Choosing a Tech Stack
The best tech stack for a startup is the one that lets our team be the most productive. We get a lot of things with productivity: we can ship more, find product market fit faster, avoid running out of runway, and be happier.
So what’s the framework for choosing a tech stack that we can be productive with? After spending some time thinking about the common themes in past choices, I came up with a framework to use when making these decisions. It’s shared below (and is still evolving).
First we need to figure out two things:
- Who will be using this tech stack?
- What are we building?
These two question are important because they shape the four guidelines to follow when looking for a tech stack:
- Use what we already know
- Don’t reinvent the basics
- Choose something that scales for performance and for hiring
- Follow the leaders
Let’s dive into these in a bit more detail.
Use What We Already Know
This is the first trait because it’s likely the most important. Spending time learning new technologies can be a huge slow down on productivity early on in a project. Even when we do get up to speed, it can take years to understand all the nuances of a new language or technology. If we already know the technology, we will debug problems faster, find solutions more quickly, and be more productive.
This is why knowing who will use the tech stack is important. If the whole team is extremely proficient at Angular and nobody knows React, then the team will build an Angular MVP much faster than a React one.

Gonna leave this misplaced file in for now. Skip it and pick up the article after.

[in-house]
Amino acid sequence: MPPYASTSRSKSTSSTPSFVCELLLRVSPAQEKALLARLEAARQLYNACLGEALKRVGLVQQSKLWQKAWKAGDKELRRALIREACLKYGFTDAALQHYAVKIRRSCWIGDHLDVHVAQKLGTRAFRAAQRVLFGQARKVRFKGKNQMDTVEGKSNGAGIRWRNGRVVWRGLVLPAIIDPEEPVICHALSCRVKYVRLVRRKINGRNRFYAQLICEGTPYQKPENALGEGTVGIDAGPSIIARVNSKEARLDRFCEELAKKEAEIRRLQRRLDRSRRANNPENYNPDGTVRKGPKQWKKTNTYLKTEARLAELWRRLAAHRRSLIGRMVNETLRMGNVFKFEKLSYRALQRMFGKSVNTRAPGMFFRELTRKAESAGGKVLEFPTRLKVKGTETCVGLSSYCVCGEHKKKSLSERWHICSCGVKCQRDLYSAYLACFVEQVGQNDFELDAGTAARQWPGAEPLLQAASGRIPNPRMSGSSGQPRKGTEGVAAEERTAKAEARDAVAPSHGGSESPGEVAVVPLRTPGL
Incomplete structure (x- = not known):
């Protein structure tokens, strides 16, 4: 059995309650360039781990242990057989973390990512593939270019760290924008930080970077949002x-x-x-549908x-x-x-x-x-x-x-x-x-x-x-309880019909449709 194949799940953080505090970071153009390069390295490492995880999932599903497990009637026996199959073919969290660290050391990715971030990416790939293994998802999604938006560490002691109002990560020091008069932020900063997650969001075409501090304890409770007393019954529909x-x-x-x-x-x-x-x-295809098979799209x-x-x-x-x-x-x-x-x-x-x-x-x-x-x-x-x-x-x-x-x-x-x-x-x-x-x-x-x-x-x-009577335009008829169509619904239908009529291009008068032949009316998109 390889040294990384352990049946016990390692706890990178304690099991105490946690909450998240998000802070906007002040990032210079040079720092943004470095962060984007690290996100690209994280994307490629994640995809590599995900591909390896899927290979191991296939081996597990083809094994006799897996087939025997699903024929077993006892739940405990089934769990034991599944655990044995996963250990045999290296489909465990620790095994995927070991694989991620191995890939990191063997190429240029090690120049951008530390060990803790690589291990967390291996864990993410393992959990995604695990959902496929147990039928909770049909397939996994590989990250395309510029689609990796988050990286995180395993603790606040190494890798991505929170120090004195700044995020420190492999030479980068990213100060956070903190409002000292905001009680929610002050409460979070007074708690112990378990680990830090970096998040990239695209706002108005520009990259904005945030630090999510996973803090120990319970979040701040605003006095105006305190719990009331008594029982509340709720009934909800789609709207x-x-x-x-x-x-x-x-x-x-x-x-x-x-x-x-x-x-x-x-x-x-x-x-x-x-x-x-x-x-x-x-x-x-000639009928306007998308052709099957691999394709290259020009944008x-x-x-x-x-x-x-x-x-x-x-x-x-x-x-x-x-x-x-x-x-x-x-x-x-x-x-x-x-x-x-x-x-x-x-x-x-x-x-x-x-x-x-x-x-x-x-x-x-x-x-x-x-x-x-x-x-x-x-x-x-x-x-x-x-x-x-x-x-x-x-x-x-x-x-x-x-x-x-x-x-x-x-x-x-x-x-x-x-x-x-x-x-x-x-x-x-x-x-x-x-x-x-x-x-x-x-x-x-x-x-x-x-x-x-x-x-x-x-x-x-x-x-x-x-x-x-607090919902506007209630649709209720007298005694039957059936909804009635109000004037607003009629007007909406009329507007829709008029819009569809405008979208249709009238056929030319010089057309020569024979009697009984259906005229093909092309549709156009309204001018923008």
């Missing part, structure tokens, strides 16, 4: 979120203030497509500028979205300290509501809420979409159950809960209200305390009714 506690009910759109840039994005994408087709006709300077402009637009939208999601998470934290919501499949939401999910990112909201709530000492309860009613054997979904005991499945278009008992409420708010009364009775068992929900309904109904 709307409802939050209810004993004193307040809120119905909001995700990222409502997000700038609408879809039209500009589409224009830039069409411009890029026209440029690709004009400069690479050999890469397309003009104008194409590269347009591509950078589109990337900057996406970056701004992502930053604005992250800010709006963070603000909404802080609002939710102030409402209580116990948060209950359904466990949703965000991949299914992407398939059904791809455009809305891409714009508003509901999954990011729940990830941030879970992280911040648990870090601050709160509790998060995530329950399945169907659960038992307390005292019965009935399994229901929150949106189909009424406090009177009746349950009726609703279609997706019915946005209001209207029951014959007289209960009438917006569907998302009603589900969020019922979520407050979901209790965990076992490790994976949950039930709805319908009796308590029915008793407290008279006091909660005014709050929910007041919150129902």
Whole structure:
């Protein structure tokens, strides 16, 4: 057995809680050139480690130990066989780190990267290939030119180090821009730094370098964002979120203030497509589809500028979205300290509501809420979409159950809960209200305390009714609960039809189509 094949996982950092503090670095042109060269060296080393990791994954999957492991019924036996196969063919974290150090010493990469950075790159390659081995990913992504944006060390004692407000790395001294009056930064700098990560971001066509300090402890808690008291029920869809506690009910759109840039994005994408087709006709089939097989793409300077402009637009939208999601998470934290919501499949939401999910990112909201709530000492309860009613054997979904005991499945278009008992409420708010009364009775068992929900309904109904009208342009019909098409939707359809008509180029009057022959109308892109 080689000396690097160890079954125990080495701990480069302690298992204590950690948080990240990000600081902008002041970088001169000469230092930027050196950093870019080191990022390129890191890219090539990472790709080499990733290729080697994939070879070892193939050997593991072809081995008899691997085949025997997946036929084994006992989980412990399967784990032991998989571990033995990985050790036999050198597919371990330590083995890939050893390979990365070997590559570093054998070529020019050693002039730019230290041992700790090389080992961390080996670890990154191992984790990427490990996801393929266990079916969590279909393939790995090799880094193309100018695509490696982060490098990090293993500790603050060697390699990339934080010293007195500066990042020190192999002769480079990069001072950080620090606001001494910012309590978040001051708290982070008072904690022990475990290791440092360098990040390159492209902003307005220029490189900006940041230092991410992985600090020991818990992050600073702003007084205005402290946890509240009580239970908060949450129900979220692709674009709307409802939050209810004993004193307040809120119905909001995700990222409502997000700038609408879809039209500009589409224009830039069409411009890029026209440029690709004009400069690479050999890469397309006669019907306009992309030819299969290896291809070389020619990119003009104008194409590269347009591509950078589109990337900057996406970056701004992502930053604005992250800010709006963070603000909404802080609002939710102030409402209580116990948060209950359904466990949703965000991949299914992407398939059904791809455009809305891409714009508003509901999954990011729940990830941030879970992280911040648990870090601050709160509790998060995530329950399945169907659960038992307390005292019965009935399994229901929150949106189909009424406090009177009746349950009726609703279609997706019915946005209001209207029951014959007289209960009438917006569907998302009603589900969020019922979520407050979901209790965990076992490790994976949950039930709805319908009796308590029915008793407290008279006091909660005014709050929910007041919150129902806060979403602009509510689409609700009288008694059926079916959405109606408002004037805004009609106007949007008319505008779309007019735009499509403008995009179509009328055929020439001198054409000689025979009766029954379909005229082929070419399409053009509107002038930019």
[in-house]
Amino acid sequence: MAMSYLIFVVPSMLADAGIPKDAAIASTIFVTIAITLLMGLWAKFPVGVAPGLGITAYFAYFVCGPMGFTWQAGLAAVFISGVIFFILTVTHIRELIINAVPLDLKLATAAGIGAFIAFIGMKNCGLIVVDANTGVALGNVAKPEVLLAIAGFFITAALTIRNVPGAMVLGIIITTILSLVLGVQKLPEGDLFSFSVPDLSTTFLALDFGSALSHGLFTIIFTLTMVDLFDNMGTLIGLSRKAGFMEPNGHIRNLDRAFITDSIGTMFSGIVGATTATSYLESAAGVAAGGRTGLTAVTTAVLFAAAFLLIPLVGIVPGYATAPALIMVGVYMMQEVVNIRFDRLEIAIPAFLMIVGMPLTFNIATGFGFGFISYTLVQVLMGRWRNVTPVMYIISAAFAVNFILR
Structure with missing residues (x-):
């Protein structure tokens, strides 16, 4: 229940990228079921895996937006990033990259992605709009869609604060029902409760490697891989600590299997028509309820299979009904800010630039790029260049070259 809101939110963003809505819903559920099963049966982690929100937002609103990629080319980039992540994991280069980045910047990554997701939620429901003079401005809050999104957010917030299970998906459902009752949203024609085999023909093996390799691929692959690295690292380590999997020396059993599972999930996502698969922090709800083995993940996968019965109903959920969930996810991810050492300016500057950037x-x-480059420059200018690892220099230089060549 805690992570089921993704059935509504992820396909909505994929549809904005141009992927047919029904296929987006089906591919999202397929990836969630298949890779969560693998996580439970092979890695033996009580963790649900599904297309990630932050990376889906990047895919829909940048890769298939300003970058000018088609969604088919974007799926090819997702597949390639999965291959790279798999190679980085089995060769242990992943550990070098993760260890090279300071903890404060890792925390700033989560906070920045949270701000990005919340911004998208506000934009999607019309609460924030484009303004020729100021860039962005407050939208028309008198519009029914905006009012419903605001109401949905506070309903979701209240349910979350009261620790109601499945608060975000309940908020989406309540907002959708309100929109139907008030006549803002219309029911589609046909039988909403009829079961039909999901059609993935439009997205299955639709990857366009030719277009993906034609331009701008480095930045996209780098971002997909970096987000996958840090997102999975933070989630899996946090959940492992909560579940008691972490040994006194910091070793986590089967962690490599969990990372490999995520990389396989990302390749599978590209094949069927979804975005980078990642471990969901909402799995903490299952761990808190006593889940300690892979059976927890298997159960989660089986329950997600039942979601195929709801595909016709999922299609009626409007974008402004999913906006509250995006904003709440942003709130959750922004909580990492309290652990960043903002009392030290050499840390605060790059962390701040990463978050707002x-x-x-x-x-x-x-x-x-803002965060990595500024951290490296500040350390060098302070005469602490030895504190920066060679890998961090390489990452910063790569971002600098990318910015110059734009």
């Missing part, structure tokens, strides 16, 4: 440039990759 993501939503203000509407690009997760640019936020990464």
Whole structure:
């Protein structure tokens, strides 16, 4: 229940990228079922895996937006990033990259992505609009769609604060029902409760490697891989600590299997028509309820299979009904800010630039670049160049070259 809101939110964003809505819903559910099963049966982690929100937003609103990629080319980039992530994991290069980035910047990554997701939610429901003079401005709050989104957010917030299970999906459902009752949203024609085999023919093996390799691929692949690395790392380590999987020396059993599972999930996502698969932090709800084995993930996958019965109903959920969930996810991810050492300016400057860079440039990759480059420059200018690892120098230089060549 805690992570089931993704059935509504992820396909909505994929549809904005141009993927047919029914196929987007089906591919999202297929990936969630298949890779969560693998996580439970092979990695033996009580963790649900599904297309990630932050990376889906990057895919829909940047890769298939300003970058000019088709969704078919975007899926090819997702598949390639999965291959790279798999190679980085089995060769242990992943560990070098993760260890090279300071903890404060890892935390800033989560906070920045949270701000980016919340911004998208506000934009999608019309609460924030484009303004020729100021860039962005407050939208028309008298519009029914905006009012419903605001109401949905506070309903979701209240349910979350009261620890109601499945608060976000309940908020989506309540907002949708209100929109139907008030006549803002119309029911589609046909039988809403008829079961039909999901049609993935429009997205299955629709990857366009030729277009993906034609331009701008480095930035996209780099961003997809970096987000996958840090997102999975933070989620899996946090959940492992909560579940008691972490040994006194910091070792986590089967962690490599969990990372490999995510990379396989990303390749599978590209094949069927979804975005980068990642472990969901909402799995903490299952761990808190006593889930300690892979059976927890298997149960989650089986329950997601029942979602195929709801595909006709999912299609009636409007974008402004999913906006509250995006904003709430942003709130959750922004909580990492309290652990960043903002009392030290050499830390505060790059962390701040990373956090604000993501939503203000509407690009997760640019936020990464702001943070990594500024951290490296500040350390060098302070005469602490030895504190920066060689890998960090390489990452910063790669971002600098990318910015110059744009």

Don’t Reinvent the Basics
“Basics” is intentionally vague. This looks very different for various projects. If a “basic” tool in our application is concurrency, then Go may be a better choice than Python. On the other hand if a basic primitive in our application is lots of CRUD endpoints, perhaps using a framework like Rails or Django is a better choice.
In general, it is possible to implement these “basics” in most languages (if we use what we know), but this time could also be spent talking to customers or getting closer to product/market fit. The best stack lets us not think about the basics and focus on building what makes our application unique instead.
Choose Something That Scales for Performance and for Hiring
This becomes important after we hit product market fit and start to grow the company. The less we have to think about optimizing the performance of our application, the more differentiating features we can ship.
Thinking about hiring is also important. If we choose an obscure language or technology - for example, a Graph DB over a relational one - we will have a lot harder time recruiting and hiring. I’ve found the most wanted and most loved lists on Stack Overflow for languages and frameworks to be a good measure of this.
Follow the Leaders
Following the leaders means that the stack is in use by other companies in the industry. I like to look to other startups in the space that have successfully scaled and were founded relatively recently. Having a tech stack supported by other industry veterans means that we know some things out of the box:
- It will scale for hiring and performance (it’s already been done)
- There will be a large community for support and help
StackShare is a good source to find information about what technologies are in use by various startups and larger companies. The other place would be companies’ careers pages (see what technology they look for in hiring).
I’d love to hear thoughts on this, especially if others have useful guidelines that are missing. Shoot me an email (firstname.lastname@example.org) or find me on Twitter @alexpareto.